Beginning to pedal

Before getting on the bicycle you should make sure it is in a low gear (if it has gears). You can do this by lifting the back wheel off the ground and manually turning the pedals as you move the gear levers.

Once you are on the bicycle and sitting in the seat, you should check your right foot is slightly forward of its highest position.

To start pedalling you will need to release the brakes (but keep your fingers over the brakes), then push down on the pedal with your right foot.


Practice balance in a large, clear, flat area.

  • A helper should hold the back of the bicycle for you, either by the seat post or by a carrier, if one is fitted, or
  • The helper can also hold the cyclist around the waist.

This will allow you to control the handlebars and brakes but will help stop the bicycle and prevent falls.

As you gain competence, the helper should loosen the hold on the bicycle and then gradually move their hand away altogether. The following tips may help.

  • A couple of strong pushes on the pedals to start with will get the bicycle going and will help make balancing easier.
  • Fix your eyes on a distant point (try not to look down).
  • Don't worry about steering a straight line initially.
  • If you start to tilt to the left, steer left slightly - if tilting to the right, steer right.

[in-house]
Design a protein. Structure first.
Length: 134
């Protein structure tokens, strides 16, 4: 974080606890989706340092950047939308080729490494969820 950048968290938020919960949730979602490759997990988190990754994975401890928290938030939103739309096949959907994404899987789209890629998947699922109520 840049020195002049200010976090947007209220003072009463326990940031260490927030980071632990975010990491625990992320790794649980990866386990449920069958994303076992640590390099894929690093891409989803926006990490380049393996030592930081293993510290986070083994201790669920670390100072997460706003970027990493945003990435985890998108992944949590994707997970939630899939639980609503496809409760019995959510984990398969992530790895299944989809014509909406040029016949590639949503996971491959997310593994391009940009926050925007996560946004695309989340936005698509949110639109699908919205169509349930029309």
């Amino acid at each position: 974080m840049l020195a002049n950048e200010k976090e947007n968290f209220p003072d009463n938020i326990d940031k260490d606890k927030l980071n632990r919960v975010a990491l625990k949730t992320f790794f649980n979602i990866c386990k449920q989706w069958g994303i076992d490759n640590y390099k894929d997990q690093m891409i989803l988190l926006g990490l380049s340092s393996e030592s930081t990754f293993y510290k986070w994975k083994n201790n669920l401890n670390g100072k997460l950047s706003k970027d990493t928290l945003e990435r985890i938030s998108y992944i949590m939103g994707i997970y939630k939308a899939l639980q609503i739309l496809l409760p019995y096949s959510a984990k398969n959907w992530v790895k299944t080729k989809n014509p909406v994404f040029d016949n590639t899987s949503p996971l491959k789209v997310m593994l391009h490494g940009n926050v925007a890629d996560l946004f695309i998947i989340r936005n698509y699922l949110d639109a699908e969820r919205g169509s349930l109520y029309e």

• Try to keep your body relaxed.

Cycling in a straight line

Cycling in a straight line is helped by pedalling smoothly. To practice cycling in a straight line you should try to follow a marked straight line on the ground. Good cyclists will wobble less than 2.5 centimetres.

Steering the bicycle

It is important to be able to steer the bicycle very accurately, as you will need to avoid stones and potholes. Practice by marking two lines on the ground with chalk and cycling between the lines repeatedly, making sure that neither your front or rear wheel touches the lines. The lines should be no wider than 15 centimetres apart.

Learning to steer the bike exercise

Learning to steer the bike exercise

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Last updated: 24 April 2013